The greatest legend you’ve never heard of

Strange weekend here at acme eclectic.  I hadn’t intended for it to be a book review weekend, but sometimes these things just happen.

As an added bonus, I can’t even take credit for this particular recommendation.  That actually goes to one Mr. Ed Vedder (courtesy of this post on pearljam.com).

What book is it that spurred Vedder’s interest in passing along the good word to his fans and followers?  Not one of the variety that you might think.  The book in question is The Old Leather Man: Historical Accounts of a Connecticut and New York Legend, authored by Dan DeLuca. 

And here’s why you should care.  The Leatherman is one of those characters that make up the fabric of America.  His legend may be of the regional variety – his old stomping grounds in the Northeast – but the mystery of the man that attracted the people of his day to immortalize Leatherman continues to reverberate.  The study of his soul allows us just a little more insight into the human spirit.

And, if that sounds deep, well I guess it is. 

Leatherman

Leatherman, circa 1885

For more on Leatherman, check out this short documentary (Part I, Part II, & Part III) from 1984.  Originally shown on Connecticut Public Television, and posted to YouTube by Motion Inc., the production might be a little dated but does a great job of whetting the appetite to learn more about Leatherman.

So, you’ve got the book.  You’ve got the documentary.  And, as a bonus, you’ve also got a blistering live performance of Pearl Jam’s ode to Leatherman here.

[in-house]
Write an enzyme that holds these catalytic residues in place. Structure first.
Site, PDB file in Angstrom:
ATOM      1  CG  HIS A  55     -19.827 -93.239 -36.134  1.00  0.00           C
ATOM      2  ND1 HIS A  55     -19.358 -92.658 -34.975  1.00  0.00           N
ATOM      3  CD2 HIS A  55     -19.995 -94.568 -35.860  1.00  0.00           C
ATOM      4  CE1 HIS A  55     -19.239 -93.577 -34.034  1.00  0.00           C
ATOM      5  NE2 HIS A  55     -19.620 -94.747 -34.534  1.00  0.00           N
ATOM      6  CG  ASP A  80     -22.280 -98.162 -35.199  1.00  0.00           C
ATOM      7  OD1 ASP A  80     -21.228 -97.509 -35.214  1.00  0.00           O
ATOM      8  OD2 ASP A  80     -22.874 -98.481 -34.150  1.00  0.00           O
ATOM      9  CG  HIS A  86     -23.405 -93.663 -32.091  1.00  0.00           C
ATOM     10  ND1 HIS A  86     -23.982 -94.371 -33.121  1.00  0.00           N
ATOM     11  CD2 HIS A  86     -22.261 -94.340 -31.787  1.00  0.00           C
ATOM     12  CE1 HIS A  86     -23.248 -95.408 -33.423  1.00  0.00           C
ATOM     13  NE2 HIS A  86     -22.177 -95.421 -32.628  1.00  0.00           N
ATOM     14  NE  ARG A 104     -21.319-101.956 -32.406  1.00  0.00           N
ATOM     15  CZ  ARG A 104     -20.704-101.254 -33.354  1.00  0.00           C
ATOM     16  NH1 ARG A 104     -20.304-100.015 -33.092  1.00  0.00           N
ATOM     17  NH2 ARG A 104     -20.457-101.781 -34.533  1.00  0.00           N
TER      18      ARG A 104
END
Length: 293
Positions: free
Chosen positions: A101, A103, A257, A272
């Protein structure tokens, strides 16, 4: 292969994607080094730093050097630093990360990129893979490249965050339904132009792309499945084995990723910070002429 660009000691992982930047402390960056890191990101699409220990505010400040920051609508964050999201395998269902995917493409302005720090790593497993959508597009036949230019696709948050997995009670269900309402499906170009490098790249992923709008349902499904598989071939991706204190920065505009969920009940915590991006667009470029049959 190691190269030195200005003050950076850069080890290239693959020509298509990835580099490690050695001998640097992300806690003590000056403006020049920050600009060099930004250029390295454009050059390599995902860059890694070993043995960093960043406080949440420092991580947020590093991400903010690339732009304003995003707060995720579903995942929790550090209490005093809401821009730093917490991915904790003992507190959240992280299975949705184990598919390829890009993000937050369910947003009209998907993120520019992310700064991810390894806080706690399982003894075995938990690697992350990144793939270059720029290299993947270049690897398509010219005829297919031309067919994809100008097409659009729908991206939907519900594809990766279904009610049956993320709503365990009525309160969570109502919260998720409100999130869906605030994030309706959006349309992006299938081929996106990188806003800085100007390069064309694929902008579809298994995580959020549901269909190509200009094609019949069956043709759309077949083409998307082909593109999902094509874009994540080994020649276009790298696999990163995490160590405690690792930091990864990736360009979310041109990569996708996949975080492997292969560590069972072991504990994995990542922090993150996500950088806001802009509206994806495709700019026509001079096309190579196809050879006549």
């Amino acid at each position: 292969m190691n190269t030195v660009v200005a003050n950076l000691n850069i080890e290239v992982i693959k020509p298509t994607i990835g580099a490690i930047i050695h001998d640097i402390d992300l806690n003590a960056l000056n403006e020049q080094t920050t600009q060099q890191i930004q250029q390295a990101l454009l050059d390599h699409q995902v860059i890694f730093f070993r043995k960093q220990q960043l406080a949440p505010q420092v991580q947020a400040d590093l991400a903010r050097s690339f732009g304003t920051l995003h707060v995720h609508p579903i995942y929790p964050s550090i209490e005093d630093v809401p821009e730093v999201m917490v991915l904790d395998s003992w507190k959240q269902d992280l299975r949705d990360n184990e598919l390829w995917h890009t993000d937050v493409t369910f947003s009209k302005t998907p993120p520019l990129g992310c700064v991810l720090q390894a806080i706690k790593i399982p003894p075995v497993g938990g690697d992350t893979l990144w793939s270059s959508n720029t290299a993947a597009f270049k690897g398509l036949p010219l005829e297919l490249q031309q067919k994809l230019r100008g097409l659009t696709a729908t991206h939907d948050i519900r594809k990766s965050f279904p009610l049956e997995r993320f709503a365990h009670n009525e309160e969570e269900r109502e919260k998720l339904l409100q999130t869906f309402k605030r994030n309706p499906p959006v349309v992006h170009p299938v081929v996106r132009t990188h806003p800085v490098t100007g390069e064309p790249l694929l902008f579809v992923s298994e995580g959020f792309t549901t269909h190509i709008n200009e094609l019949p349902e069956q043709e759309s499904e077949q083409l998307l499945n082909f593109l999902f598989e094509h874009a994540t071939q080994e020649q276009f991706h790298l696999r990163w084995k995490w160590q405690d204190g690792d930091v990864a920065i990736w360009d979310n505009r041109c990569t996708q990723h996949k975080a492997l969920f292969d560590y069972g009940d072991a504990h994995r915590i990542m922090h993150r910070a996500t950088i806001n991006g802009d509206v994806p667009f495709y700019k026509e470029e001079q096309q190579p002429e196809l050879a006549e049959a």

Here are the lyrics to Pearl Jam’s “Leatherman”, available as a very obscure b-side befitting the very obscure subject of the song:

I heard about a man to whom I may be related. He’s Leatherman.
Died a long time ago in the 1880’s. Leatherman. Leatherman.
Covered with leather but it wasn’t tight. Underneath a moon in the woods at night.
Making the rounds ten miles a day. Once a month they’d spot him and here’s what they’d say:

“Here he comes. He’s a man of the land. He’s Leatherman
Smile on his face. Axe in his pack.
He’s Leatherman. Leatherman. Leatherman.”

Comes out of the caves once a day to be fed.
He wasn’t known to say much but, “Thanks for the bread.”

So, modern day I walk my way with my jacket faded just like a man of leather whom I may be related.
Rolled cigarette for which he’d ask for a light.
Appear to be an animal. Yet, so polite.
Making the rounds ten miles a day. Once a month they’d spot him and here’s what they’d say:

“Here he comes he’s a man of the land. He’s Leatherman.
Smile on his face. Axe in his pack.
He’s Leatherman. Leatherman. Leatherman.”

Leatherman. Leatherman.
Shake his hand. He’s Leatherman. Bake some bread. He’s Leatherman.
Shame he’s dead. I saw his bed.
It’s all that’s left of Leatherman. Leatherman.
Give me some skin. He’s Leatherman.

Hope you find Leatherman’s legacy as interesting as we do here.  Stories like these are the ones worth exploring.

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~ by acm213 on November 8, 2009.

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